The tibia ossifies from three centres, one in the shaft and one in each epiphysis. Ossification (Figs 83.2, 83.3, 83.4; see Fig. 82.6) begins in midshaft at about the seventh intrauterine week. The proximal epiphysial centre is usually present at birth: at approximately 10 years a thin anterior process from the centre descends to form the smooth part of the tibial tuberosity. A separate centre for the tuberosity may appear at about the twelfth year and soon fuses with the epiphysis. Distal strata of the epiphysial plate are composed of dense collagenous tissue in which the fibres are aligned with the patellar tendon. Exaggerated traction stresses may account for Osgood–Schlatter disease, where fragmentation of the epiphysis of the tuberosity occurs during adolescence and produces a painful swelling in the region of the tuberosity. Healing occurs once the growth plate fuses, leaving a bony protrusion. Prolonged periods of traction with the knee extended, both in children and adolescents, can lead to growth arrest of the anterior part of the proximal epiphysis, which results in bowing of the proximal tibia as the posterior tibia continues to grow. The proximal epiphysis fuses in the 16th year in females and the 18th in males. The distal epiphysial centre appears early in the first year and joins the shaft at about the 15th year in females and the 17th in males. The medial malleolus is an extension from the distal epiphysis and starts to ossify in the seventh year: it may have its own separate ossification centre. In 47% of females and 17% of males, an accessory ossification centre appears at the tip of the medial malleolus which fuses during the eighth year in females and the ninth in males: it should not be confused with an os subtibiale, which is a rare accessory bone found on the posterior aspect of the medial malleolus.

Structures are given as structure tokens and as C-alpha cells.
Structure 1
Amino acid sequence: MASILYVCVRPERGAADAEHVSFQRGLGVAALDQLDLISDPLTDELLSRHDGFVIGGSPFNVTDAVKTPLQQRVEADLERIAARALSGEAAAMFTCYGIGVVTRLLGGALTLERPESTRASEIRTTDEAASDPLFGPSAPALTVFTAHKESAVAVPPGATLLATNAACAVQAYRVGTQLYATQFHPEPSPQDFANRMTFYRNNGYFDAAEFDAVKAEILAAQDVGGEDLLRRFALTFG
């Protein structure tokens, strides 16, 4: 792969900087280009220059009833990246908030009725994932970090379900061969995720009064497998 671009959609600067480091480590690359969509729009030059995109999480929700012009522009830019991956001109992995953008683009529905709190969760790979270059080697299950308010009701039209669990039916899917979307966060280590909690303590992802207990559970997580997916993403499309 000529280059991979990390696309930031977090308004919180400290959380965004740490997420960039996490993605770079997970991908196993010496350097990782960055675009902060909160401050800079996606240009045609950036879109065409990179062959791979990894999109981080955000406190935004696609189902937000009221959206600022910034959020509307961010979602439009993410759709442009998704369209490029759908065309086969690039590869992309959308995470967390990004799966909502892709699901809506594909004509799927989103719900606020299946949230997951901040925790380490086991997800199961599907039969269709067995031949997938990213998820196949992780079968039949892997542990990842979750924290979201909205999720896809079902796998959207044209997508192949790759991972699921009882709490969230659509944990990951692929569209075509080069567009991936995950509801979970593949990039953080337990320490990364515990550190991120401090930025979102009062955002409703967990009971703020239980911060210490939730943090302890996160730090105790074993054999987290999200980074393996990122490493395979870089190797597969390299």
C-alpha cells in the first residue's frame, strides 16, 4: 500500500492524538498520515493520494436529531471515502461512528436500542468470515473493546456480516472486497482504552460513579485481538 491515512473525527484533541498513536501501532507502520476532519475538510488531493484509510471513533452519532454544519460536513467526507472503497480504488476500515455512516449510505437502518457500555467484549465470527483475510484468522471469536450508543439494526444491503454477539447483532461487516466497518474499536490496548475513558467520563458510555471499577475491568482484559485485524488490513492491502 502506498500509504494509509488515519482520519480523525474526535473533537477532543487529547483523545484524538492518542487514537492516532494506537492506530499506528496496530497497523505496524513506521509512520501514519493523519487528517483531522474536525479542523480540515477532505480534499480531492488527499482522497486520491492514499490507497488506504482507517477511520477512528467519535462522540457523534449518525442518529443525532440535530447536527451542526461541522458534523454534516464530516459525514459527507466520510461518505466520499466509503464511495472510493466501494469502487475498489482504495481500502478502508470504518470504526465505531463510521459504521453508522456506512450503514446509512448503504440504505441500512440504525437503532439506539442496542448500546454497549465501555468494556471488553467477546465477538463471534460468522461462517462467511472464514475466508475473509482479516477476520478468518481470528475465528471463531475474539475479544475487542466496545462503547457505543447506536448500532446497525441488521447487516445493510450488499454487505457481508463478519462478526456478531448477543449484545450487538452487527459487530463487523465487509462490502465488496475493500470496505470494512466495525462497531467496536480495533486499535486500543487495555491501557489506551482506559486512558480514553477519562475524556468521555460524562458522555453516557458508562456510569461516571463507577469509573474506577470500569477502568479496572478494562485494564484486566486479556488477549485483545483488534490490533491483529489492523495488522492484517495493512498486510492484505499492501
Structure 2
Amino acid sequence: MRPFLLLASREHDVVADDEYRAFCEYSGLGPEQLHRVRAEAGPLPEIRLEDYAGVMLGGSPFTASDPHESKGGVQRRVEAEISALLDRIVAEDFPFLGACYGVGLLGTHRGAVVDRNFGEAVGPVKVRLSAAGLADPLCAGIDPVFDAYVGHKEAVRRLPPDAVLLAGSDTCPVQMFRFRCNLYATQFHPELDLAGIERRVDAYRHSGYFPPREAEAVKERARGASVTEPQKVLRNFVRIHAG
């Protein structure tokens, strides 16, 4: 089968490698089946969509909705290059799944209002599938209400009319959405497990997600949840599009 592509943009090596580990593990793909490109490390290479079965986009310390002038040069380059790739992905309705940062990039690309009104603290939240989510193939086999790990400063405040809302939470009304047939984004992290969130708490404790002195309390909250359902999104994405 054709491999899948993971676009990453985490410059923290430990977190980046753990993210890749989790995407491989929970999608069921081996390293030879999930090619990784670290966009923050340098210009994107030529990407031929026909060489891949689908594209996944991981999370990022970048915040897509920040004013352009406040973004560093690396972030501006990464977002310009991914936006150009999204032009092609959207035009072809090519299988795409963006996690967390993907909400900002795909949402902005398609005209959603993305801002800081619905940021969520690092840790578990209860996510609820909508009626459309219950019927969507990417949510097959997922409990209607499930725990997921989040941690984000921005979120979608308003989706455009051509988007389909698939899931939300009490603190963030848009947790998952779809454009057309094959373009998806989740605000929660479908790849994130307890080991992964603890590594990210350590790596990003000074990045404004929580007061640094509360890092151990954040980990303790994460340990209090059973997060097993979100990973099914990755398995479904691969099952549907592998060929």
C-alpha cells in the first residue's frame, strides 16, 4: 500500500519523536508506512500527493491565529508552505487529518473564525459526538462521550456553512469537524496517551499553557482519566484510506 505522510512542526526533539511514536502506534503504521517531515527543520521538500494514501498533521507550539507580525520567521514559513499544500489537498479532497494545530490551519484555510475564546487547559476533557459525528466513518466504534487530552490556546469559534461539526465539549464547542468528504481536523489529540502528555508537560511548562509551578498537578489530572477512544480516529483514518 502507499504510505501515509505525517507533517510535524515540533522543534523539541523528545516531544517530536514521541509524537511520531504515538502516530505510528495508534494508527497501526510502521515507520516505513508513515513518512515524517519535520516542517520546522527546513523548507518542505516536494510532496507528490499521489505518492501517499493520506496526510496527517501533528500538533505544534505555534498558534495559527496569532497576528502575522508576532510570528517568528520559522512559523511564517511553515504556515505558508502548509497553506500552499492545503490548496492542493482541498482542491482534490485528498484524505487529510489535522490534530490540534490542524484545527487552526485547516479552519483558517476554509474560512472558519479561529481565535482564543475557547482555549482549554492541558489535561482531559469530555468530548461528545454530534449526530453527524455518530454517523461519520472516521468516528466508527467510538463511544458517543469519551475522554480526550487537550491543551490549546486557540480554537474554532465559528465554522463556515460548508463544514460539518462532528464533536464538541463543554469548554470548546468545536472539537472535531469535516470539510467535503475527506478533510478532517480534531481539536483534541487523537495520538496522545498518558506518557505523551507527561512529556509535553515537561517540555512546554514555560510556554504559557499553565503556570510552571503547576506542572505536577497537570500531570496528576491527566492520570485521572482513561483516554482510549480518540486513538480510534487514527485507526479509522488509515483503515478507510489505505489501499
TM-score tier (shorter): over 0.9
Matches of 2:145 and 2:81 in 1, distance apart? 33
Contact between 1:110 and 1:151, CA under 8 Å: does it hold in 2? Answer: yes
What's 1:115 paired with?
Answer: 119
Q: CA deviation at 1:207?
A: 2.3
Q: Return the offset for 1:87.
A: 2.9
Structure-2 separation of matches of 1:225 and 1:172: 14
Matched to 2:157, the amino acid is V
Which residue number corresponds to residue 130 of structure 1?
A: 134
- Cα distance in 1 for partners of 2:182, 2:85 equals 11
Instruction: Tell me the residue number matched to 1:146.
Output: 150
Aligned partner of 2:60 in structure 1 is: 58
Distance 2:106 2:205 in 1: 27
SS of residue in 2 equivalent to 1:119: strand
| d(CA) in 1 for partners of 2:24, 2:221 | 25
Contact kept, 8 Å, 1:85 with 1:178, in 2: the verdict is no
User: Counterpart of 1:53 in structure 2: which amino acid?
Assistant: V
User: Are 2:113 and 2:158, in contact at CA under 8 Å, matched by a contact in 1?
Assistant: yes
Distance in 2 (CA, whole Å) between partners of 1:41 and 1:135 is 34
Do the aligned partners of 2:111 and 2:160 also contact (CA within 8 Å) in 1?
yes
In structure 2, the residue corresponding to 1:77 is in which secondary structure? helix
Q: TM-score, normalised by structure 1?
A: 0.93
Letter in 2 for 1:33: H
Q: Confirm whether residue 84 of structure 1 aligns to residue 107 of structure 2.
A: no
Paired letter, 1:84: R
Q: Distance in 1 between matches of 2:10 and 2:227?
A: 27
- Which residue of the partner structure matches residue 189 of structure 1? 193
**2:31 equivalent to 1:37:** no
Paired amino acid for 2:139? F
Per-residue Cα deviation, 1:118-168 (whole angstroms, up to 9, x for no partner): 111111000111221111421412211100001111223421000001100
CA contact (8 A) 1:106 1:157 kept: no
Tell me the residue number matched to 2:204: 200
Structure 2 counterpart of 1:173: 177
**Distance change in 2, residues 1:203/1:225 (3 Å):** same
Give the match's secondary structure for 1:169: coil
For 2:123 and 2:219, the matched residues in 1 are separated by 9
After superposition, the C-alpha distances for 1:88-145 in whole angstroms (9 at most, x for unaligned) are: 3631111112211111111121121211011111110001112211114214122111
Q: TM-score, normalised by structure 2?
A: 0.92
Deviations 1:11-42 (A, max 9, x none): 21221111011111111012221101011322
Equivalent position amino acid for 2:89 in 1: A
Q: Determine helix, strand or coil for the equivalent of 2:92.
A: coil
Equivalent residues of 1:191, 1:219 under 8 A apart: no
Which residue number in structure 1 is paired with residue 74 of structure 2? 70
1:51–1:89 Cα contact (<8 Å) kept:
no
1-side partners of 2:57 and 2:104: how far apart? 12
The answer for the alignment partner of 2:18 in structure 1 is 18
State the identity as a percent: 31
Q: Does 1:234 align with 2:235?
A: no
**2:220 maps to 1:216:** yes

FIBULA

The fibula (Figs 83.2, 83.3) is much more slender than the tibia and is not directly involved in transmission of weight. It has a proximal head, a narrow neck, a long shaft and a distal lateral malleolus. The shaft varies in form, being variably moulded by attached muscles: these variations may be confusing.

Shaft